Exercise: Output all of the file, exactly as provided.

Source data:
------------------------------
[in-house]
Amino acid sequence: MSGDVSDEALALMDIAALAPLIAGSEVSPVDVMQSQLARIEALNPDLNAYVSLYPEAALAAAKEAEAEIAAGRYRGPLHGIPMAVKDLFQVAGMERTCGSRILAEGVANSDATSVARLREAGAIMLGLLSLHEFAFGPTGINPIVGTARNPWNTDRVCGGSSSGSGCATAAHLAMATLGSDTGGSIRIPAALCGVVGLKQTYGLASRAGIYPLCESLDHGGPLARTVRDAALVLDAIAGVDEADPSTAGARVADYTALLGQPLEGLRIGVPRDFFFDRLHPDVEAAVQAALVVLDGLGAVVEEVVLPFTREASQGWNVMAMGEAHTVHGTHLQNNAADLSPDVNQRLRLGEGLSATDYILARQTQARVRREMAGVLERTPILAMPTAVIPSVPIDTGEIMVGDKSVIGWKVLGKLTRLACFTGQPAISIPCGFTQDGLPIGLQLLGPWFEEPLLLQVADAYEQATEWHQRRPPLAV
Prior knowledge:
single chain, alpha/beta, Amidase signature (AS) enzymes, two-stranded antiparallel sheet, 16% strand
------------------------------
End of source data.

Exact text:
[in-house]
Amino acid sequence: MSGDVSDEALALMDIAALAPLIAGSEVSPVDVMQSQLARIEALNPDLNAYVSLYPEAALAAAKEAEAEIAAGRYRGPLHGIPMAVKDLFQVAGMERTCGSRILAEGVANSDATSVARLREAGAIMLGLLSLHEFAFGPTGINPIVGTARNPWNTDRVCGGSSSGSGCATAAHLAMATLGSDTGGSIRIPAALCGVVGLKQTYGLASRAGIYPLCESLDHGGPLARTVRDAALVLDAIAGVDEADPSTAGARVADYTALLGQPLEGLRIGVPRDFFFDRLHPDVEAAVQAALVVLDGLGAVVEEVVLPFTREASQGWNVMAMGEAHTVHGTHLQNNAADLSPDVNQRLRLGEGLSATDYILARQTQARVRREMAGVLERTPILAMPTAVIPSVPIDTGEIMVGDKSVIGWKVLGKLTRLACFTGQPAISIPCGFTQDGLPIGLQLLGPWFEEPLLLQVADAYEQATEWHQRRPPLAV
Prior knowledge:
single chain, alpha/beta, Amidase signature (AS) enzymes, two-stranded antiparallel sheet, 16% strand